Many UK water systems struggle with the build up of scale. Traditionally, salt-based systems have been used but, given the many concerns about this option, Tony Klimas suggests the industry consider an alternative solution
Across Europe, approximately 300,000 tonnes of salt are used each year to soften hard water; 22,000 of which are used in the UK. That’s not to mention the one million cubic metres of water used every day in the whole process. Salt-based treatments are still the accepted norm for softening water, despite alternative technologies emerging over the past several years to combat the many issues that arise from scale build up.
In boilers and heating systems, scale prevents integral parts from functioning correctly and also acts as an insulator, which means heating systems need to fire up for longer in order to transfer the required amount of heat. This then has a domino effect of increasing the energy used, and the end cost of heating the building. The problem is so significant that Part L of the Building Regulations requires the pipes and water circuit of combination boilers to be treated in areas where water hardness is higher than 200 parts per million (ppm). With over 60% of England and Wales designated a hard water area – that regulation applies to hundreds of thousands of households.
Scale comprises calcium, magnesium and bicarbonate. Deposits, once formed, are very hard to break down –impacting the flow of water through pipes and forming crusts on heat exchangers and moving parts such as valves. A salt-based water softener works through ion-exchange; the calcium and magnesium particles are replaced with sodium particles. The calcium and magnesium particles then attach to polymeric beads which are stored inside the softening chamber. Essentially, the particles switch places. The harder the water, the more sodium is exchanged.
However, this process has a finite shelf life with softeners needing to be replaced every five to 10 years depending on the hardness of the water and the size of the system. In addition to this cost, from a health perspective there have been concerns that the sodium-heavy water created by softeners is not particularly healthy to drink, especially for those on a low sodium diet or who are hypertensive. There may also be an increase in the number of metal ions in the water, such as copper and lead that have leached out during the exchange process.
The most widely known issue surrounding salt-based water softeners, however, is their environmental impact. All of the sodium ions exchanged are discharged into the sewage system, making the waste water highly concentrated. Even after the waste water has been treated – an expensive process in itself – the water may still have higher than average salt content, rendering it unusable for irrigation, for example. The concern is so great the WateReuse Foundation recently completed a scientific evaluation of alternative technologies with the aim of finding a solution that works for multiple sectors.
Finding an alternative
One of the methods included in the research was template assisted crystallisation (TAC), which works by forming microscopic crystals in the water to prevent calcium, magnesium and bicarbonate ions from coming together, thereby preventing scale from building up. The WateReuse study acknowledges the relative newness in using TAC to combat water hardness. One of the comments in the subsequent report is the need for greater education in the market about how the technology works and its benefits over the more typical water treatments, like salt, ion exchange, magnetic cleaners or electrically induced precipitation.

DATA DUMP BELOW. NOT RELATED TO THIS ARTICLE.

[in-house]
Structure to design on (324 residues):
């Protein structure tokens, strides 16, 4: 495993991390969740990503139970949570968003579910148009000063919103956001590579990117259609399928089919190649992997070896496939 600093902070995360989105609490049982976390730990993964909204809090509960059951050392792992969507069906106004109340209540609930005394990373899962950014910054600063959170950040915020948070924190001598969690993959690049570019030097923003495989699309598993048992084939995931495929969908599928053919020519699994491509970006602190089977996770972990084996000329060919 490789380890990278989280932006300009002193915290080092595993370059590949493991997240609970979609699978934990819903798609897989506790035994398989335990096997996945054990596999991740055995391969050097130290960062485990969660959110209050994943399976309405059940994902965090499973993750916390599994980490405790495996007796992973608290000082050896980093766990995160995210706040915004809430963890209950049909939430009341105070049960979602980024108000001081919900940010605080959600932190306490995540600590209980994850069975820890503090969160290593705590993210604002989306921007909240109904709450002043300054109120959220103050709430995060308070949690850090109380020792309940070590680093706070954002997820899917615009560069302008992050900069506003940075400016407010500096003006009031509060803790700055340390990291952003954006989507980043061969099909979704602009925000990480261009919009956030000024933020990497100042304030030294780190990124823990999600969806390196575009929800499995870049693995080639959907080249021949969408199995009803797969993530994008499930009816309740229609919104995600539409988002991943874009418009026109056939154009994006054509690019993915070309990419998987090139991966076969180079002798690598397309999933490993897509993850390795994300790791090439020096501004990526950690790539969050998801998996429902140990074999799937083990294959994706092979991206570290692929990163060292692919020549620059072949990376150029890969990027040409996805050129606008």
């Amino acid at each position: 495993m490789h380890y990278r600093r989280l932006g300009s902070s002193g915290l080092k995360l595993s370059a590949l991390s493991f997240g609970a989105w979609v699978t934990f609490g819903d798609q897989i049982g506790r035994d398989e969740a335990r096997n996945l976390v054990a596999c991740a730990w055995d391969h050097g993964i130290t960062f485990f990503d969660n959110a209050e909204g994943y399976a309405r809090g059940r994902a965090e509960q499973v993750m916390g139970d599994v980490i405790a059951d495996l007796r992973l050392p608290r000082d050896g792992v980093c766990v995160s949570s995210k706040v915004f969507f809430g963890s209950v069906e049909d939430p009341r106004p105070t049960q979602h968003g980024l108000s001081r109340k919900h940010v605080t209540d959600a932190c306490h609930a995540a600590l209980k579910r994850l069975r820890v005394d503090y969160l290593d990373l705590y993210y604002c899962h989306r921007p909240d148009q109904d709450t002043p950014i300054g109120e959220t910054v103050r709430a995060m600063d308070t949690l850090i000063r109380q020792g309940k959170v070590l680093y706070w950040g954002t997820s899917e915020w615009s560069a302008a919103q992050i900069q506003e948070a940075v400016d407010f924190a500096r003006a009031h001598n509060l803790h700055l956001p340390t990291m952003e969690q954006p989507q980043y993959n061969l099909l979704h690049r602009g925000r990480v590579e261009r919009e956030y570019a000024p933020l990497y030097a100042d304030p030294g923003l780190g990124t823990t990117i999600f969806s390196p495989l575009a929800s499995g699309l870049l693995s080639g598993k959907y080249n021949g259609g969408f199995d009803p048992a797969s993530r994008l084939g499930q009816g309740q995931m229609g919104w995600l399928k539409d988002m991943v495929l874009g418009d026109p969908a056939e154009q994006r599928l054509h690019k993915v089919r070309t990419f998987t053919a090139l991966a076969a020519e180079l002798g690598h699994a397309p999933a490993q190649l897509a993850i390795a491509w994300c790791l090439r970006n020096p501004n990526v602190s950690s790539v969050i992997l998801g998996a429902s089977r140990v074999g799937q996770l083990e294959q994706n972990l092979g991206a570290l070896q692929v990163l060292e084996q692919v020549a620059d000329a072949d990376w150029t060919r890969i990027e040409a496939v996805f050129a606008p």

Indeed, the results from the study suggest that TAC can outperform all the above listed technologies, creating an even stronger case for greater awareness and use of the system across hard water areas in the UK. In all of the test rigs – all set up and carried out to the German standard protocol DVGW Article ‘W512’ – Verification of Water Treatment Device for the Reduction of Scale Formation – NEXT Filtration’s ScaleStop system, which uses TAC, reduced scale by a minimum of 88% and often much higher. When ScaleStop was compared with the results of other systems the difference is even more significant. For example, the electromagnetic system and the electrically induced precipitation device only reduced scale by 50% and left considerable soft scale in the water, while in the same testing set-up the quantity of scale in the TAC-treated water was not significant enough to assess.
The study also looked at the cost of implementing a TAC system based on a 10-year life cycle. Including capital costs, the ScaleStop system fell well below the costs of electrically induced precipitation, ion exchange and capacitive deionisation.
Reducing the volume of salt being washed into our sewage systems and overall water consumption are two compelling environmental goals and, based on the scientific research completed by WateReuse, the effectiveness and overall costs of TAC make it a viable alternative to reduce scale across the UK. Over the next few years, it’s likely we will see a marked increase in the use of this technology over the current options, as we seek to protect and extend the life of our heating and water systems.
Tony Klimas is sales manager at Next Filtration